When I thought back over blog-related vulnerability, I couldn't help but recall writing my marriage proposal story. It took me four years to work up the courage to tell any other living person the details of Johnie's proposal(s) to me. Whenever people would ask, I would say, "Oh, it was low-key." If they pressed, I would say, "It was private and we decided not to talk about it." If they were too close for me to keep things private from them, I would say, "It was a little disappointing and so I just don't want to talk about it."
In truth, it was very disappointing and embarrassing to me. And I was afraid that if people knew all the lackluster details they would think I had failed somehow in my husband-picking efforts. That they would judge me, my husband and our marriage as somehow less than. And during those four years, any time marriage proposals would come up in conversation, my heart would sputter and my mind would race for what I could say when eyes turned to me. During those four years, thoughts of my proposal would regularly bring me to tears.
I began writing the story of our relationship still deciding how I would handle the proposal story. I didn't think I would have a big audience, but when the day came I had an uncomfortable number of eyes on the story. I knew I couldn't just skip the proposal and I didn't want to lie. I thought about making the proposal a couple sentences at the end or beginning of an unrelated post: After a low-key, private proposal, wedding plans began in earnest...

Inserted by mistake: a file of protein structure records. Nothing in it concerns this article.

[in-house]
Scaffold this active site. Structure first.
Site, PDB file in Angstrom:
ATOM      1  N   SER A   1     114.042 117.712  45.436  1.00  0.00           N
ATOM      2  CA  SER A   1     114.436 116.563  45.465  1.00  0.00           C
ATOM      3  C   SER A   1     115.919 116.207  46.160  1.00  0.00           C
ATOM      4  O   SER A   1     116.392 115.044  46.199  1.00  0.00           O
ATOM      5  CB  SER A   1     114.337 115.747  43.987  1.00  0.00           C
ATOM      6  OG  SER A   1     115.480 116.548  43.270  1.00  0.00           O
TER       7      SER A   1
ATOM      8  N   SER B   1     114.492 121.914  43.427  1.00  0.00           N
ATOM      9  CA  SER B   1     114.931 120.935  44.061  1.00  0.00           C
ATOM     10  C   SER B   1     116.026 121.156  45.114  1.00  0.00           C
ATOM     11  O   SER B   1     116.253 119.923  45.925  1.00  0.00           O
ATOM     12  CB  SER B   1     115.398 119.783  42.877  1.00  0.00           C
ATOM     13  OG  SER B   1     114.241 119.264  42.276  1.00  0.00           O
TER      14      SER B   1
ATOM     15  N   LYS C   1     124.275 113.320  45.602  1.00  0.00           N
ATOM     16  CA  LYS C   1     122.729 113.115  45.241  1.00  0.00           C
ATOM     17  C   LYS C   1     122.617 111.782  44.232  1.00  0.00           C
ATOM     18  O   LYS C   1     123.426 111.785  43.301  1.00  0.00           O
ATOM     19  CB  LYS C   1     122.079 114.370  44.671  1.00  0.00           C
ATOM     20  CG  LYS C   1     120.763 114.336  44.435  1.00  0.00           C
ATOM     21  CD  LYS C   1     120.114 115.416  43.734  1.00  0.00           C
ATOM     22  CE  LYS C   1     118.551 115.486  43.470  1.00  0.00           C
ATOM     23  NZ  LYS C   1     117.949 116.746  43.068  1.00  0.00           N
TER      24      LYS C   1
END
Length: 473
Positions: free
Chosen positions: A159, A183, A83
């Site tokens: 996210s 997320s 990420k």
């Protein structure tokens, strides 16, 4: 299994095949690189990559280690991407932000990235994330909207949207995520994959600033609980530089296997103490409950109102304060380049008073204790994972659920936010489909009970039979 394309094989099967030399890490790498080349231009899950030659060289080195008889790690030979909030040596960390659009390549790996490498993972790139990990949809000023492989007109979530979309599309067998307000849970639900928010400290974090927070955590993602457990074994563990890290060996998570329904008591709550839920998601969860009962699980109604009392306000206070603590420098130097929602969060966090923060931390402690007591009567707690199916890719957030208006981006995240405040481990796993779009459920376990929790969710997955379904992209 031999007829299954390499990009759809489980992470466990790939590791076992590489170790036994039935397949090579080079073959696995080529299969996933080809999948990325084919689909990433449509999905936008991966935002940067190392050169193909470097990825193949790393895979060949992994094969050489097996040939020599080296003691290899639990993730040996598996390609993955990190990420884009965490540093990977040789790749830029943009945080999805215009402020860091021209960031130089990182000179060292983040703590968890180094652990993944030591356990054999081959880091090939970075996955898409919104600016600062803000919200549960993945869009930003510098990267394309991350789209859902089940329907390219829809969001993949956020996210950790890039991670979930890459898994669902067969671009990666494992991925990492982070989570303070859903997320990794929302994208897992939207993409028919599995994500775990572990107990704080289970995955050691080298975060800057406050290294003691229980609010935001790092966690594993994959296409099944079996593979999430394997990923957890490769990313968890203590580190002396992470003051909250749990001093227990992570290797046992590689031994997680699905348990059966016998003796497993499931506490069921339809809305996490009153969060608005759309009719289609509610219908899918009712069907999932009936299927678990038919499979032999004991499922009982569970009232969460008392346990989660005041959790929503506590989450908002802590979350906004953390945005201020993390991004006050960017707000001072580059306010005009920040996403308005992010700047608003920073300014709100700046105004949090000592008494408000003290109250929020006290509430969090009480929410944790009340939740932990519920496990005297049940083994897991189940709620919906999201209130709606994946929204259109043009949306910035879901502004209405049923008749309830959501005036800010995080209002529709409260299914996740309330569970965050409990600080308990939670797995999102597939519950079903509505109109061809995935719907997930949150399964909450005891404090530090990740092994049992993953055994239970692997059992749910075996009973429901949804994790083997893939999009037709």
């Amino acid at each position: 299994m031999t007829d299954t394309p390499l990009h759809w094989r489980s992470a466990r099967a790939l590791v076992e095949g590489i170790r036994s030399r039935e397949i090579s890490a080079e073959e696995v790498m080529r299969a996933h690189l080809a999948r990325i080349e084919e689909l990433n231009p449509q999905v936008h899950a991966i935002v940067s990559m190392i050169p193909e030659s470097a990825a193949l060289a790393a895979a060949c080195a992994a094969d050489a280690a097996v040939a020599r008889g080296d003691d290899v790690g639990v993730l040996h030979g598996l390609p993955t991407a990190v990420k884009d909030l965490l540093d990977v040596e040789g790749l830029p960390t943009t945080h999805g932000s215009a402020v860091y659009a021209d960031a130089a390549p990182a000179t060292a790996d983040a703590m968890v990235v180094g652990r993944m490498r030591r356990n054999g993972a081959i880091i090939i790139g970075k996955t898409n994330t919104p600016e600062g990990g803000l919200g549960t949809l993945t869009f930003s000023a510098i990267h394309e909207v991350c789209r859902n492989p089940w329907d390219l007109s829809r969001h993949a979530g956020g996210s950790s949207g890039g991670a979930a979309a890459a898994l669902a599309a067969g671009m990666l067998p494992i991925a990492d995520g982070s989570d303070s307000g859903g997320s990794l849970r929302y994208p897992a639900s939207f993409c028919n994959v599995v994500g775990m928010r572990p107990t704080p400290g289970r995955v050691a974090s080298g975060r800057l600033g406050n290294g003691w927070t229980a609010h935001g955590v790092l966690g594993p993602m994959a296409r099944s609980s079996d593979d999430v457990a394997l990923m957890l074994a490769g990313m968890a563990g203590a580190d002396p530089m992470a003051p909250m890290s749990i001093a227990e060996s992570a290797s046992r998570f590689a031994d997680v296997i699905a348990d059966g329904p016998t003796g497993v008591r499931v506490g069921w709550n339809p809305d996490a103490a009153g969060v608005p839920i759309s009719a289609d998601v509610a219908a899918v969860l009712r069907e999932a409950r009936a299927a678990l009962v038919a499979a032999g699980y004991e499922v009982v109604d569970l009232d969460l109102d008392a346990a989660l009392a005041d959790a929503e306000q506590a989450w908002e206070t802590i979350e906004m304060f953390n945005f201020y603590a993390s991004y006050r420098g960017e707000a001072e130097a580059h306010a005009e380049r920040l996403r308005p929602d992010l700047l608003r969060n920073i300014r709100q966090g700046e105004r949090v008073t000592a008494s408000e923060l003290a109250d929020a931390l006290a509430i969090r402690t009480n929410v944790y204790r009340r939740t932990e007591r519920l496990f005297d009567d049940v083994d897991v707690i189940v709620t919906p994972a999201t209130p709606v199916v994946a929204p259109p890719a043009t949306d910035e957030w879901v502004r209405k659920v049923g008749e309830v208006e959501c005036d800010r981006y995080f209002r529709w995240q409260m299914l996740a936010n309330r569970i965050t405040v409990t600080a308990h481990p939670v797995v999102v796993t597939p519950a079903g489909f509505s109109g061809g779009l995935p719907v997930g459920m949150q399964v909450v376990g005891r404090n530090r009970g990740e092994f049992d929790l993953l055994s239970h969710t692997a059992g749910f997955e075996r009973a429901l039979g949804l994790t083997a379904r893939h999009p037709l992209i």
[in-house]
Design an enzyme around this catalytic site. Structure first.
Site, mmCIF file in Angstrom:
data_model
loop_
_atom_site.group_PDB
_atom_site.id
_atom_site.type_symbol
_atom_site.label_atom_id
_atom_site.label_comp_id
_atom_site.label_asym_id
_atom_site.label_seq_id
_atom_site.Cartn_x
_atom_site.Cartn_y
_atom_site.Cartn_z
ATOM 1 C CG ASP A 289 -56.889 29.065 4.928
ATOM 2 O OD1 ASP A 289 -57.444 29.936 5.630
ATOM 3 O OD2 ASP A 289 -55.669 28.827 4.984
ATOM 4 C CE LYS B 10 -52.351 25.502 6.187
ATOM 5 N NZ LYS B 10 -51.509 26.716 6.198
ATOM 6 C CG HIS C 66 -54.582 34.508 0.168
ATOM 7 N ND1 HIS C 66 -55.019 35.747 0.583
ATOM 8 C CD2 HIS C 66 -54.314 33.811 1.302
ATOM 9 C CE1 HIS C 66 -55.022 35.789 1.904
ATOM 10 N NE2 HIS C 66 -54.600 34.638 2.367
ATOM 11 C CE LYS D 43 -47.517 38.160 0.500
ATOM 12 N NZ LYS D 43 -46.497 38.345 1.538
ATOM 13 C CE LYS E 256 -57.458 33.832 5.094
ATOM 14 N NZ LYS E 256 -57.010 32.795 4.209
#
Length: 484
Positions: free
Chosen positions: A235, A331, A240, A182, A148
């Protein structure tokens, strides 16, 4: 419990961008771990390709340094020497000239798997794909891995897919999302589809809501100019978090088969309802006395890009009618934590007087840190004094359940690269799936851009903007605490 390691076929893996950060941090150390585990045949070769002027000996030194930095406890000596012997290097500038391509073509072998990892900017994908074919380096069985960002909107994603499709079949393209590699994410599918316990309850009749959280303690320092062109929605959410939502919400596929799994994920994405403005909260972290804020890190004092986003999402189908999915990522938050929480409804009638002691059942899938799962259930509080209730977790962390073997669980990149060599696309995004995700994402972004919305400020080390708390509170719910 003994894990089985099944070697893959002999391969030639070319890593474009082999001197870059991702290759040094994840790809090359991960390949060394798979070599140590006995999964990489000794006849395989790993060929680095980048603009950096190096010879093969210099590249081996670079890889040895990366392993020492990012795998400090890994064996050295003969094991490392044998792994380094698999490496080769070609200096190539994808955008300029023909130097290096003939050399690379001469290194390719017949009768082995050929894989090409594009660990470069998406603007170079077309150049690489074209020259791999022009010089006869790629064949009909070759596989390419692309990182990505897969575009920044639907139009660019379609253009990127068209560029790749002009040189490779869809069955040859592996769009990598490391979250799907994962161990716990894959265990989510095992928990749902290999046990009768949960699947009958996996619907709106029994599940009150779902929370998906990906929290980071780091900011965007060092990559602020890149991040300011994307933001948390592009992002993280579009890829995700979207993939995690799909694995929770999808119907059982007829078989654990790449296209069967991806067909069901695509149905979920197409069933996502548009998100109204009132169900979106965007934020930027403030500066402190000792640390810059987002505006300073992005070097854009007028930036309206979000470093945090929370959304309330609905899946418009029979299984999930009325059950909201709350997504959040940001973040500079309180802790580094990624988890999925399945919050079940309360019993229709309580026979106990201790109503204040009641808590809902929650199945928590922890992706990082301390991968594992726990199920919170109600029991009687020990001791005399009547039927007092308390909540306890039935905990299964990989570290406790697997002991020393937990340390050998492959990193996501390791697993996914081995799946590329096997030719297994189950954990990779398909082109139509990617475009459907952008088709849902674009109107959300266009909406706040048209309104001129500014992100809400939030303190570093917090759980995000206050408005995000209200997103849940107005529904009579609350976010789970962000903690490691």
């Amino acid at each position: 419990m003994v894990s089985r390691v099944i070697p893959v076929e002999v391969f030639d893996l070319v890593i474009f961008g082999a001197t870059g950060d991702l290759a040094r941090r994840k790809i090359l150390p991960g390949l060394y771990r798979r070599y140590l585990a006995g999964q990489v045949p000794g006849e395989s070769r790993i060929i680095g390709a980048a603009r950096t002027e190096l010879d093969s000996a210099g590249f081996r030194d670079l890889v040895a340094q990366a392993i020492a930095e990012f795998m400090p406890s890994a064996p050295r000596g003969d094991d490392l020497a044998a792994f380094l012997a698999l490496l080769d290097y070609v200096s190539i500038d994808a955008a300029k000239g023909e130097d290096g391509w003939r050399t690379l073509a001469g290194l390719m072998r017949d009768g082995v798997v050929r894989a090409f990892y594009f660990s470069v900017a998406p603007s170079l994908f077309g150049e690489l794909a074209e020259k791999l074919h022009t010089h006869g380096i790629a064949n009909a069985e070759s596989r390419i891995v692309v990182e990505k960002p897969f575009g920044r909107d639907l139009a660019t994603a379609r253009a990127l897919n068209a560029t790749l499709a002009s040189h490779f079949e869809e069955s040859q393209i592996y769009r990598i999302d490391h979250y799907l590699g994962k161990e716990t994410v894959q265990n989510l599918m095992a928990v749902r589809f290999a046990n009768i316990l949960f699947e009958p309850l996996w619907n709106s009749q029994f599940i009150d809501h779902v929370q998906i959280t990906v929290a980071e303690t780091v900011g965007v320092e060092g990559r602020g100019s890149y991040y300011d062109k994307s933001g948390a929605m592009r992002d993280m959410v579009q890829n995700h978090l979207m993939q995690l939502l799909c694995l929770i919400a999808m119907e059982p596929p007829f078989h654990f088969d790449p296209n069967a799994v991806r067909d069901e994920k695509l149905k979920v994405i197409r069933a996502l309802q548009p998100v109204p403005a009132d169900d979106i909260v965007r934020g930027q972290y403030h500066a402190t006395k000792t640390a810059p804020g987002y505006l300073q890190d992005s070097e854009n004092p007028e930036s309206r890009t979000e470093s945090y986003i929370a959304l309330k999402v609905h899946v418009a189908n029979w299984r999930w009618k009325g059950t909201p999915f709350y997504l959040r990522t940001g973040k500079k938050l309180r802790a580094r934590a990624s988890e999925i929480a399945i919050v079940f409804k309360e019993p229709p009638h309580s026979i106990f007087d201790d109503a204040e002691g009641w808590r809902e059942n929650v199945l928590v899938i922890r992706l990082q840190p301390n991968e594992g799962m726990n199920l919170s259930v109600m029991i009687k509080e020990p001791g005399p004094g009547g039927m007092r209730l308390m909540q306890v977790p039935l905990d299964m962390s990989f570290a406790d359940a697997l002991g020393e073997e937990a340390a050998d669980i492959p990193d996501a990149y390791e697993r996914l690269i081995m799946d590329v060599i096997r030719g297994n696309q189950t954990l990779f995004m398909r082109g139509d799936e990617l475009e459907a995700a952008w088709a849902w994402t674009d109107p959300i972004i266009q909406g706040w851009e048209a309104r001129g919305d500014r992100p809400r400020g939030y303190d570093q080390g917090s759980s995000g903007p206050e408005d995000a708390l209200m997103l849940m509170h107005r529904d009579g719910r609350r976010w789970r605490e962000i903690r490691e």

But that was cheating the story. So I took the plunge and told it. And then fought waves of nausea. Hovered my mouse over "delete" and resisted the urge to click.
I received more feedback from that blog post than any other I have ever written. Private messages from girls also embarrassed and disappointed by their proposal. I had unknowingly created a secret sisterhood without even trying.
It didn't happen overnight, but several years after being open about my painful proposal I've healed from it. I laugh at it. It really doesn't bother me anymore. I think it is a beautiful, quirky part of our story. I went back and re-read the account I had written a few years ago and realized I add in even more details when I re-tell the story these days. I have some trouble remembering why I thought it was that bad for so long.
So even though I fully recognize the pay-offs of vulnerability, I still can't find the strength to make the jump yet. But maybe tiny steps of boldness are better than being fearfully frozen still.
And maybe you can join me in the scary, daunting, but very-much-worth-it quest toward living openly, wholeheartedly.
It is not the critic who counts; not the man who points out how the strong man stumbles or where the doer of deeds could have done them better. The credit belongs to the man who is actually in the arena, whose face is marred by dust and sweat and blood; who strives valiantly; who errs, who comes short again and again, because there is no effort without error and shortcoming; but who does actually strive to do the deeds; who knows great enthusiasms, the great devotions; who spends himself in a worthy cause; who at the best knows in the end the triumph of high achievement, and who at the worst, if he fails, at least fails while daring greatly. -Theodore Roosevelt